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By Melissa Luz T. Lopez, Reporter

House body rushes mining, soda tax bills

Posted on October 21, 2015

WITH LESS than four months of congressional session left before the May 2016 national elections -- and legislative leaders already straining to muster the quorum needed for final approval of bills -- the Ways and Means committee of the House of Representatives plans to zero in on two measures it hopes would plug billions of pesos in forgone revenues estimated from a proposal to cut income taxes.

Soft drinks and energy drinks are on display at a supermarket. Photo via Wikimedia Commons
Upon resumption of session on Nov. 3, Marikina Rep. Romero Federico S. Quimbo (2nd district), who heads the committee, said his panel will take up a measure seeking to raise the prices of softdrinks by as much as P10 per liter, alongside three bills proposing a new mining fiscal regime.

“That (mining bill) and the soda tax will be the main bills for the session after the break,” Mr. Quimbo said in a text message.

The proposal to increase duties on sugar-sweetened drinks is being considered by the committee as both a health and as a revenue measure. Speaker Feliciano R. Belmonte, Jr. said separately that he agrees to the proposal for “health reasons.”

A draft prepared by a technical working group since June seeks to raise the price of sodas by P10 per liter in a bid to discourage consumption of such products that are deemed “unhealthy.” This is based on an initial proposal filed by Nueva Ecija Rep. Estrellita B. Suansing (1st district) that sought to impose an additional 10% ad valorem tax on the sugar-sweetened beverages.

Ms. Suansing said the additional P10 per liter was based on studies cited by the World Health Organization showing that raising prices by 20% would reduce consumption by 24%.

The extra levy on the sugar-based drinks will be on top of the 12% value-added tax already imposed on consumer goods.

It is envisioned to take effect in 2016 and will be hiked by 4% “every year thereafter starting Jan. 1, 2017,” according to the draft.

The proposed additional tax will cover soft drinks, soda and soda pop, fruit drinks and punch, sports drinks, sweetened tea, coffee drinks, energy drinks and all non-alcoholic ready-to-drink beverages.

Exempted are 100% fresh fruit juices, yogurt, as well as milk and milk substitutes.

Bottling companies and sugar producers have opposed the bill, arguing that their industries are being “unduly targeted,” which in turn could discourage investments.

The Sugar Regulatory Administration has also expressed concern over the proposal, saying it could negatively affect local sugarcane farmers.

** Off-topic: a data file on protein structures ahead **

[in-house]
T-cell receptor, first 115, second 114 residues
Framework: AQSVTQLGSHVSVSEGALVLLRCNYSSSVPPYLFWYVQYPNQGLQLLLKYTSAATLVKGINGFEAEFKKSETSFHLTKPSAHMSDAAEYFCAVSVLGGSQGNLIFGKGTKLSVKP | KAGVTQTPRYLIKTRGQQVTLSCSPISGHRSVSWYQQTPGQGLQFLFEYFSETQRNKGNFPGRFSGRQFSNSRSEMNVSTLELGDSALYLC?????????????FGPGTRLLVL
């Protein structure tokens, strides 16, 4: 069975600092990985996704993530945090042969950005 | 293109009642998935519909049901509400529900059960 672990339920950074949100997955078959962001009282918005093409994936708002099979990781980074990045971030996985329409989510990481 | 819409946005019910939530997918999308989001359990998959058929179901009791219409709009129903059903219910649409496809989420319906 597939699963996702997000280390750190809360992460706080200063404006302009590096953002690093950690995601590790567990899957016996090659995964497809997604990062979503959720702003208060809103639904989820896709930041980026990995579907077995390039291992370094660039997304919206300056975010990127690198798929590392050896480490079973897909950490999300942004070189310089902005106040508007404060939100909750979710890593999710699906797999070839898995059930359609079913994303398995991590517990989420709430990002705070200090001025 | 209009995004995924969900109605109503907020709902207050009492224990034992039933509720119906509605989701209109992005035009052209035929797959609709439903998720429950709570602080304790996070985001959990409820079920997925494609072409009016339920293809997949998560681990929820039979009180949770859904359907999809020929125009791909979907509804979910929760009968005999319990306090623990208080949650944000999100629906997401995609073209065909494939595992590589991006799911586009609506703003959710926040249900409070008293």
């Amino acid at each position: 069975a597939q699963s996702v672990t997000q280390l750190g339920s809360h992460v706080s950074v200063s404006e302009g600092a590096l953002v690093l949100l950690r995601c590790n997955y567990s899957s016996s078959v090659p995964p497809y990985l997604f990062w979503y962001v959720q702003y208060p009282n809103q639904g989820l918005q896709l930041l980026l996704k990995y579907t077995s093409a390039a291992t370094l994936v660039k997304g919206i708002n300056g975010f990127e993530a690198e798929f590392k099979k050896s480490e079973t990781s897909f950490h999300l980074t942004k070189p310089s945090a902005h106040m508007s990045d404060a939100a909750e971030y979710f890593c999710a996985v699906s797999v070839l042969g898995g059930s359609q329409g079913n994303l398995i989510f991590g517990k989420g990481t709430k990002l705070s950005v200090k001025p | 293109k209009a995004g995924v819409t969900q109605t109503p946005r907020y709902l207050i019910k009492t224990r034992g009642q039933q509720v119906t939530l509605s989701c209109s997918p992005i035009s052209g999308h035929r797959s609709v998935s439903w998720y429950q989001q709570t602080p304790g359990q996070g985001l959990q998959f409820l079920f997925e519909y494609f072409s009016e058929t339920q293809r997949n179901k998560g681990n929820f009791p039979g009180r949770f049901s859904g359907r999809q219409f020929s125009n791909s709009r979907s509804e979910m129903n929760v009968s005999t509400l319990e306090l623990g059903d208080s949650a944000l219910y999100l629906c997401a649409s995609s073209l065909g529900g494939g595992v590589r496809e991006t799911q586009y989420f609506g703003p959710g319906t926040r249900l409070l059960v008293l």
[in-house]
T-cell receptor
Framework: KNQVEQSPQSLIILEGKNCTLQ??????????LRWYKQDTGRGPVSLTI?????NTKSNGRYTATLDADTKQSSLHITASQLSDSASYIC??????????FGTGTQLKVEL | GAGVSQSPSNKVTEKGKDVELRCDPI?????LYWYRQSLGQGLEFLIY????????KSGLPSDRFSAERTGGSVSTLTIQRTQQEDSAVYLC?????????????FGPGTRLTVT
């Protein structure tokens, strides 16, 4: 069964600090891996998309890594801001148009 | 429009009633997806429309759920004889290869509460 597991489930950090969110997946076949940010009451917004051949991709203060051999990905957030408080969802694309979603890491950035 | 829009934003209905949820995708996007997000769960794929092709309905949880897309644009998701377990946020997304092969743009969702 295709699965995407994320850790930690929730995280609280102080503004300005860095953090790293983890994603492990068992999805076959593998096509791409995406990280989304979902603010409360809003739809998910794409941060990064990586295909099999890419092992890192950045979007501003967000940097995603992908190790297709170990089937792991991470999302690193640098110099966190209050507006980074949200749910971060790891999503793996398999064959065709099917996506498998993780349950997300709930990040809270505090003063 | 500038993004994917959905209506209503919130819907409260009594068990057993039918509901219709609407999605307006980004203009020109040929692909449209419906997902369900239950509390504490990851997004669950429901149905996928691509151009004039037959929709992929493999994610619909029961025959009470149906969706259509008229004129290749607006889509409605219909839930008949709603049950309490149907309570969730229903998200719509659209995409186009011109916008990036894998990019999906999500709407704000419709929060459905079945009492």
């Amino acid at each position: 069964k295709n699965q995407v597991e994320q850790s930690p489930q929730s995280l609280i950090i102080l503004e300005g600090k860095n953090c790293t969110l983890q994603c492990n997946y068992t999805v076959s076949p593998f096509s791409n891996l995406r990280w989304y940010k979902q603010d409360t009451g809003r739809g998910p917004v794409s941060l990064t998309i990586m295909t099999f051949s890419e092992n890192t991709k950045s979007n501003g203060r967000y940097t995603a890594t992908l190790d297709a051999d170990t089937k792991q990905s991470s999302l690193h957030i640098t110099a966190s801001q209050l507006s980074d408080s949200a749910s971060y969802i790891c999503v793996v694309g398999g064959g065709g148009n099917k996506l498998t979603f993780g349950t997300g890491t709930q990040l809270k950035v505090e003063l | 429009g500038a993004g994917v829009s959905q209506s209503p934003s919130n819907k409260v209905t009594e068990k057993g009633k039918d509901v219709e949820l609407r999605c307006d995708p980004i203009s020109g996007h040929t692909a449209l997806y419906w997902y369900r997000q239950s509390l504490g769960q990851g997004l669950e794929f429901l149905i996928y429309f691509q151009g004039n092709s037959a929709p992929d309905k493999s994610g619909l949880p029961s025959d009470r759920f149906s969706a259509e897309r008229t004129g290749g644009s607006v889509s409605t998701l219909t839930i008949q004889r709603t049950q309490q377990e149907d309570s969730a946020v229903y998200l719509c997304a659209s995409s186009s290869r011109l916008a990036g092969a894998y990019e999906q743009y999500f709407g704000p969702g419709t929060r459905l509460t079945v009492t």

Ms. Suansing has said that the new soda tax could raise an additional P34.4 billion that could offset a similar amount in forgone revenues expected in the first year of implementation of another bill -- favored by both chambers of Congress, as well as by both business and labor sectors, but towards which Malacañang has been cautious -- that will cut income taxes for both individuals and companies by adjusting them to inflation. Income taxes were last adjusted in 1997.

The proposal for a new mining fiscal regime, meanwhile, remains pending before the committee in the face of opposition from large-scale miners and big business groups.

There are three versions of the proposed new mining revenue-sharing scheme, one of which was drafted by the Mining Industry Coordinating Council (MICC) and submitted to Congress in February.

The MICC version, filed as House Bill (HB) No. 5367, will collect either 10% of a miner’s gross revenues or 55% of “adjusted net mining revenues” (ANMR: gross revenue less production and other deductible costs but not to exceed 10% of direct mining, milling and processing costs), whichever is higher; and 60% of any windfall profit (in case the “ANMR margin” -- ANMR divided by gross revenue -- exceeds 50%, the government gets 55% of that threshold of 50% of gross revenue plus 60% of the excess).

While this is in lieu of several taxes, miners must still pay value-added tax, capital gains tax, stock transaction tax, documentary stamp tax, withholding tax on passive income, donor’s tax, environmental fee, real property tax, Securities and Exchange Commission fee, water usage fee, as well as administrative and judicial costs and penalties.

Mr. Quimbo said the committee hopes to approve the two measures before Congress takes its Dec. 19-Jan. 18 Christmas and New Year break. Subsequent session runs from Jan. 19 to Feb. 5.

As a rule, all tax measures must emanate from the House.